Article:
Recently, the western United States has witnessed a dramatic increase in wildfires due to climate change and past forest and fire management practices. Policymakers are currently weighing options for distributing the costs of wildfire suppression and mitigation across households in both low- and high-hazard areas.
According to a new study led by Resources for the Future (RFF), an independent, nonprofit research institution from Washington, DC, while other anthropogenic hazards such as pollution and waste facilities overwhelmingly affect economically vulnerable communities, wildfire hazard is disproportionally borne by high-income, white, and elderly communities, and by owners of high-value properties.
“In spite of increased attention to the distribution of environmental and climate-related risks across socioeconomic groups, and its relevance to current wildfire-related policy debates, the distribution of wildfire hazard was previously not well understood,” said study lead author Matthew Wibbenmeyer, an environmental and natural resources economist at RFF.
By using granular spatial data to study residential properties in the western United States and their relative risk for wildfire exposure, Dr. Wibbenmeyer and his colleagues have found that the top ten percent most valuable homes in this region are 70 percent more likely to be in high hazard areas than median-value properties. According to the researchers, this is due to the fact that wildfire hazard often goes hand-in-hand with access to benefits such as proximity to nature, scenic views, and recreational opportunities.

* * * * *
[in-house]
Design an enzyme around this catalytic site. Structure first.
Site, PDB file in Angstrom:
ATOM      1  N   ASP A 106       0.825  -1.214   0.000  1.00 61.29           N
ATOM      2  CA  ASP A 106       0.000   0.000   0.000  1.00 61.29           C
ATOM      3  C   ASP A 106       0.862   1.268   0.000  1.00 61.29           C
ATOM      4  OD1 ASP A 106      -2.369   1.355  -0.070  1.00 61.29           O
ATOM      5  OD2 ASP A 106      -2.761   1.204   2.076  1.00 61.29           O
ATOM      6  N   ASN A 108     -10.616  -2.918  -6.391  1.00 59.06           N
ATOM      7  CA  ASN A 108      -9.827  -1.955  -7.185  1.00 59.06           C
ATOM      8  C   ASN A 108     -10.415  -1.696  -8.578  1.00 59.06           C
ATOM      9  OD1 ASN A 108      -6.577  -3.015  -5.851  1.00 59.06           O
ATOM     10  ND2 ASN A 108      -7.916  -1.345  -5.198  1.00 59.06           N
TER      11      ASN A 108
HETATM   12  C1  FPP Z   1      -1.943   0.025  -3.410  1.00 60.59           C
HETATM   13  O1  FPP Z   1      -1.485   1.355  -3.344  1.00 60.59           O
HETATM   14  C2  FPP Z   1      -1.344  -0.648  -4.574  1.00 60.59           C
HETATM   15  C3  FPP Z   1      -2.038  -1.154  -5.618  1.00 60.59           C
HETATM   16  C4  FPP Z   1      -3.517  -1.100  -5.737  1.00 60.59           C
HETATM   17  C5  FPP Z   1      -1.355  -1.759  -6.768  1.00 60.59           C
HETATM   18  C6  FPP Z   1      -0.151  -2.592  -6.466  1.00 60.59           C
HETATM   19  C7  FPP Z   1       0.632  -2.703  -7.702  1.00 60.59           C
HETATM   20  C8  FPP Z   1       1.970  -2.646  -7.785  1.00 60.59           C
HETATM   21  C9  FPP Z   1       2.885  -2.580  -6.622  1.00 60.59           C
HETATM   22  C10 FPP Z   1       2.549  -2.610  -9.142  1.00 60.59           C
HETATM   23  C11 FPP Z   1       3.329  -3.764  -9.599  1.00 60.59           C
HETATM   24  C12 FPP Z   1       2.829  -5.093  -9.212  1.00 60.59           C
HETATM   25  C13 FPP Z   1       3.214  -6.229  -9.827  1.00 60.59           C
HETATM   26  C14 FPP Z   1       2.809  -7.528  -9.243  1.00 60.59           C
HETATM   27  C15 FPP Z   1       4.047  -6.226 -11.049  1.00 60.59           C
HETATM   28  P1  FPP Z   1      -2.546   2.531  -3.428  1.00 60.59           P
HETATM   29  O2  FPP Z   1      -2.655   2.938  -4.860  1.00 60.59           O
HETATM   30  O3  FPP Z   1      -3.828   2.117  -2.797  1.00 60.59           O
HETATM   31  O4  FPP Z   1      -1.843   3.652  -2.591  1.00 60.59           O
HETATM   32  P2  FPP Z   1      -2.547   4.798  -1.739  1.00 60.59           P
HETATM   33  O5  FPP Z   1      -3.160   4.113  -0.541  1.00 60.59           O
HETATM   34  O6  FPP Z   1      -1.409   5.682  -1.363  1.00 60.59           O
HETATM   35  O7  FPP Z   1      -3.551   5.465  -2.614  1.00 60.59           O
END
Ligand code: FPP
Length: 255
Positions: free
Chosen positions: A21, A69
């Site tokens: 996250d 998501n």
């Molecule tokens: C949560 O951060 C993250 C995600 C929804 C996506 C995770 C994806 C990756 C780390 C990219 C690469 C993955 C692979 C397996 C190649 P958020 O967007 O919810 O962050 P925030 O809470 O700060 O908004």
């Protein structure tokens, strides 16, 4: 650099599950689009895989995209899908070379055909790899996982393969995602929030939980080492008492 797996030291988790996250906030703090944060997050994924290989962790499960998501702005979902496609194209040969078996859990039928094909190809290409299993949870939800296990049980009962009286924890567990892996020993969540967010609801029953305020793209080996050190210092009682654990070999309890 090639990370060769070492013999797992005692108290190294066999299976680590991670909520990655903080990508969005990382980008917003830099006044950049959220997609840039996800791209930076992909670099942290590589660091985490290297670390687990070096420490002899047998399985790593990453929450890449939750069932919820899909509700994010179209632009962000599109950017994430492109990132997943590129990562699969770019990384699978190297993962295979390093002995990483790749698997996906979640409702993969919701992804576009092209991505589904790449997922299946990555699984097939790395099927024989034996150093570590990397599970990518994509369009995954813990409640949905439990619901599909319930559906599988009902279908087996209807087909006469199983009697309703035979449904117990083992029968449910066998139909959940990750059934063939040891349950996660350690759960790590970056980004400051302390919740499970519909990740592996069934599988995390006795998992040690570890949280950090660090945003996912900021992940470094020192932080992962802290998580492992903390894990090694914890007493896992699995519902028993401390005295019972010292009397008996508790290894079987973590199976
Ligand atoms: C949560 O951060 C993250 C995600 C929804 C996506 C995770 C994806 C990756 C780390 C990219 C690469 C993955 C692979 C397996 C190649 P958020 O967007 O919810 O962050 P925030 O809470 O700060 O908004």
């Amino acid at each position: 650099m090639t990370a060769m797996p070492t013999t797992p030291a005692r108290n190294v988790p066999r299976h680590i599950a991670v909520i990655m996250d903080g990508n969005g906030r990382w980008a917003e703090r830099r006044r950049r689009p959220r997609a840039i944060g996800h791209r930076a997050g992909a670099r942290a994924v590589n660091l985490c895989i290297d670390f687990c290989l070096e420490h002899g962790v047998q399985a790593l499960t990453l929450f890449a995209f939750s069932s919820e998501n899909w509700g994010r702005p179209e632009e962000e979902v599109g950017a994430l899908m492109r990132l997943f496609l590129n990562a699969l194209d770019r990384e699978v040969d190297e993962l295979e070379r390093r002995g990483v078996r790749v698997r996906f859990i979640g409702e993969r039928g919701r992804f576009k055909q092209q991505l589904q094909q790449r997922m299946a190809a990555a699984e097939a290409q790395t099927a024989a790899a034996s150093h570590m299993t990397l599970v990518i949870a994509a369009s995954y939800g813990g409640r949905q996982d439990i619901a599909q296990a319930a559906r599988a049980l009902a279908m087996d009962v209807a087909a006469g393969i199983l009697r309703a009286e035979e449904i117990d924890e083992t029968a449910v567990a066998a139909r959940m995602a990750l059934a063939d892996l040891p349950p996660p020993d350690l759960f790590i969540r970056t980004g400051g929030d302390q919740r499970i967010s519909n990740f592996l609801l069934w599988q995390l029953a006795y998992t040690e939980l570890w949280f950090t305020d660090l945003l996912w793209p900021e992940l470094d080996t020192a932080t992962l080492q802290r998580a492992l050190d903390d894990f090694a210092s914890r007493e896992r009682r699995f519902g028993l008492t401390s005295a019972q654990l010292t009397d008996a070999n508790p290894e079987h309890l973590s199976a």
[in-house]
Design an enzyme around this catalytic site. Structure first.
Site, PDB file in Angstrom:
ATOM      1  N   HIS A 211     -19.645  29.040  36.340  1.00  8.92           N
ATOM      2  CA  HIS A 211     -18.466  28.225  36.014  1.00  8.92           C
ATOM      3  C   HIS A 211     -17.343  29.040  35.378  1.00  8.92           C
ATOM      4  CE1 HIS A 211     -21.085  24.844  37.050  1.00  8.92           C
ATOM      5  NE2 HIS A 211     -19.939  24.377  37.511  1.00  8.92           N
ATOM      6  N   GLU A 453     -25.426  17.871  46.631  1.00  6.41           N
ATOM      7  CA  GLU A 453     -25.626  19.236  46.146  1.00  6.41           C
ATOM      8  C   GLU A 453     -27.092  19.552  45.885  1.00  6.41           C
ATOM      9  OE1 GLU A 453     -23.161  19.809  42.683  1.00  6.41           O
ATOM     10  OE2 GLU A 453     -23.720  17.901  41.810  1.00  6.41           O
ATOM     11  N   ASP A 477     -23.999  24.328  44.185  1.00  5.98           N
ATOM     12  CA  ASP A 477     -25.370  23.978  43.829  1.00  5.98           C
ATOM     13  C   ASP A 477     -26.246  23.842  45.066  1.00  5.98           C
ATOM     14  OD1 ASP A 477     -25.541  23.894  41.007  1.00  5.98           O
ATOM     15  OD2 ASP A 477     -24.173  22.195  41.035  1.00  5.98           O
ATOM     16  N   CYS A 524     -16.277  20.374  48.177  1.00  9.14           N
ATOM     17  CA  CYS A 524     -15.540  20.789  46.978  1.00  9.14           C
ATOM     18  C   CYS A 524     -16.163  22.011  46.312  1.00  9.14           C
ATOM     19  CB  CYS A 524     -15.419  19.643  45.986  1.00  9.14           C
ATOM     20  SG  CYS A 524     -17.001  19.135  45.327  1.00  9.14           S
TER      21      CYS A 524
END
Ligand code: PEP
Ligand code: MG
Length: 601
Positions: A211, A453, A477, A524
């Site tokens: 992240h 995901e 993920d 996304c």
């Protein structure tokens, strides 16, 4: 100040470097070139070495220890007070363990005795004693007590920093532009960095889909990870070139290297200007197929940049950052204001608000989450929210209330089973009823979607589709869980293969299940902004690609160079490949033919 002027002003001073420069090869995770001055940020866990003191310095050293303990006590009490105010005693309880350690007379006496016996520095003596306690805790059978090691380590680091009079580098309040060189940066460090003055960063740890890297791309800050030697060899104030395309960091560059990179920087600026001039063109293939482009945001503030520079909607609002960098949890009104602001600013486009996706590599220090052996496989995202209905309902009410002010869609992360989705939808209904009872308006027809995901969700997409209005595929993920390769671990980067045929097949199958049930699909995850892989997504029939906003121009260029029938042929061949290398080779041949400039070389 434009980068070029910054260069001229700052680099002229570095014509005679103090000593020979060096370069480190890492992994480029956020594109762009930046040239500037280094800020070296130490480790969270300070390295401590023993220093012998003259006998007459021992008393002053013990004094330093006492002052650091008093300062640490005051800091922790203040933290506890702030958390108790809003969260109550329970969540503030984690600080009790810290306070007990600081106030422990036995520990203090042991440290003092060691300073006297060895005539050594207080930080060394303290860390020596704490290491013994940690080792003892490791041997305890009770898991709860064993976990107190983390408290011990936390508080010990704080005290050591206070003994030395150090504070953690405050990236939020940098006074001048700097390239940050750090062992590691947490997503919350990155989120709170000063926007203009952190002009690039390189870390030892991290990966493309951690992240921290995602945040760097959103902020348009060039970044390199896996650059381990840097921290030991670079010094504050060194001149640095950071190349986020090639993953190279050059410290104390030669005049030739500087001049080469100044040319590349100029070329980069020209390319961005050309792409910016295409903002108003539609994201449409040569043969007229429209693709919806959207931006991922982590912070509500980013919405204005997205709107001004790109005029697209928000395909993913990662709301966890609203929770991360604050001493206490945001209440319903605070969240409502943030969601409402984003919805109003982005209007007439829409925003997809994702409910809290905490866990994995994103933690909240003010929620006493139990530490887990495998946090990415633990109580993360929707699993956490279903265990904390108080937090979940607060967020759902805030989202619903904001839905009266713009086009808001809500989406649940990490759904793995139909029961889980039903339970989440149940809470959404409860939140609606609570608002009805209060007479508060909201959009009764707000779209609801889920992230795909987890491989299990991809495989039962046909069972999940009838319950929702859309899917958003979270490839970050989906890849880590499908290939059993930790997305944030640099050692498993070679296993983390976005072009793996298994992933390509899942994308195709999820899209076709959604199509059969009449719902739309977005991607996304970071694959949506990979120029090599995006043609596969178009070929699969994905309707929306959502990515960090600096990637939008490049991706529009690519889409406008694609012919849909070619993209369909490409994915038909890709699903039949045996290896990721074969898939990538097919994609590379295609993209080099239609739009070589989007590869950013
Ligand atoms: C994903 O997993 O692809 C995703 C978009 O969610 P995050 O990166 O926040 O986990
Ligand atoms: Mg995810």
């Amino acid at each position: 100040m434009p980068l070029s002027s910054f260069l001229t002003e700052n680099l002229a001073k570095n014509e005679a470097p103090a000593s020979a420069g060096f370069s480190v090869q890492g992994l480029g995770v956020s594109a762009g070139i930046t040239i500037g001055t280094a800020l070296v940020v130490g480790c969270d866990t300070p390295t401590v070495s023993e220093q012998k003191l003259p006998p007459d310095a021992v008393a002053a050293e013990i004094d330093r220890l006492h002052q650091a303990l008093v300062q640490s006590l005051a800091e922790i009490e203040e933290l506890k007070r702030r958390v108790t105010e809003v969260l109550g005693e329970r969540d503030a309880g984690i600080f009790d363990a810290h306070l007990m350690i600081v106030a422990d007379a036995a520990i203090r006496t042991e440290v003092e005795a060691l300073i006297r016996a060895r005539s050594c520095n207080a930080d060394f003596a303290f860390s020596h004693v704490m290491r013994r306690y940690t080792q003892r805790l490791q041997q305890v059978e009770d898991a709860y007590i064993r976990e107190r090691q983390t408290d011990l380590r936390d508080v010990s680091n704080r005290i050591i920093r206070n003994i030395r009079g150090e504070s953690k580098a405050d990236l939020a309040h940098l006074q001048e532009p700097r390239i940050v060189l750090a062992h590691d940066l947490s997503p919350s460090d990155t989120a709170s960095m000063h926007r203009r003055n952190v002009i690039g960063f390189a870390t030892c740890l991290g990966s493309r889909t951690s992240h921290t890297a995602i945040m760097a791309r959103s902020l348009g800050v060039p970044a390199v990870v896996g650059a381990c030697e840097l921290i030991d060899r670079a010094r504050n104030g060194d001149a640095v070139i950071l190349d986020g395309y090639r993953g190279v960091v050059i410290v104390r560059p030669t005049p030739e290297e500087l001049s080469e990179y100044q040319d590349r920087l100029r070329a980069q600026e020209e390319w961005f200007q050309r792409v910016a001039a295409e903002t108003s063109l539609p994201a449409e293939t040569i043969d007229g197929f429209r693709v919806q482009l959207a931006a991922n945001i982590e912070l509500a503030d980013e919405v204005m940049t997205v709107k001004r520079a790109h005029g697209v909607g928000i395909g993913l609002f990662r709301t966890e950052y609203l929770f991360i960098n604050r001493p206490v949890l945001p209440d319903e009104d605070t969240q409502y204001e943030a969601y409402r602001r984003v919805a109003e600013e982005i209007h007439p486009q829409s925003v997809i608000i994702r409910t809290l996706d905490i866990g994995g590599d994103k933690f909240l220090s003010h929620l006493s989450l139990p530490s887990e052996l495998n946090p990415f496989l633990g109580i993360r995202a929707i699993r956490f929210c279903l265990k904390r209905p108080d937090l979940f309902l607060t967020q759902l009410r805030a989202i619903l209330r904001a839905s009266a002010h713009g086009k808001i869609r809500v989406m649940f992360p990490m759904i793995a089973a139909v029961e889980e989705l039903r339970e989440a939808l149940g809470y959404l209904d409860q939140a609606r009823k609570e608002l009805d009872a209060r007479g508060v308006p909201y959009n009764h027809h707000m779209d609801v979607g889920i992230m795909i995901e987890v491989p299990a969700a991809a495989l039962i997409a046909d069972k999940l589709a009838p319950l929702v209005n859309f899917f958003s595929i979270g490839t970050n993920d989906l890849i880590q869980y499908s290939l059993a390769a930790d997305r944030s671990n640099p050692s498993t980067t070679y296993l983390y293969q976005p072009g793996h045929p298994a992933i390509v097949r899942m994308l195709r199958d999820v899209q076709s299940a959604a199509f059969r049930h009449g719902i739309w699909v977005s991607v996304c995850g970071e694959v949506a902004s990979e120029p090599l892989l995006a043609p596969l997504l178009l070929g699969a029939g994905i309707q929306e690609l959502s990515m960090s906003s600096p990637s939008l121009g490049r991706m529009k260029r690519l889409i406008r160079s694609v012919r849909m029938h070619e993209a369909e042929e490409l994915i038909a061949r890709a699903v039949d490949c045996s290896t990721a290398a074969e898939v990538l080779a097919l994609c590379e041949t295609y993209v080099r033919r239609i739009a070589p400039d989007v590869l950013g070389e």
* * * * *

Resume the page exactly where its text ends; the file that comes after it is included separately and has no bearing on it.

However, the experts warn that their findings also reveal disproportionate exposure to wildfire hazards among the lowest-value properties in the western United States, and among Native American communities.
“Wildfire mitigation policies that deliver financial assistance to high-hazard areas could be subsidizing wealthy households. However, high wildfire hazard areas are quite heterogeneous, so addressing concerns associated with costs of increasing wildfire hazard may call for a geographically targeted approach focused on reducing the burden for the most vulnerable communities,” concluded study co-author Molly Robertson, a research associate at RFF.
The study is published in the journal Environmental Research Letters.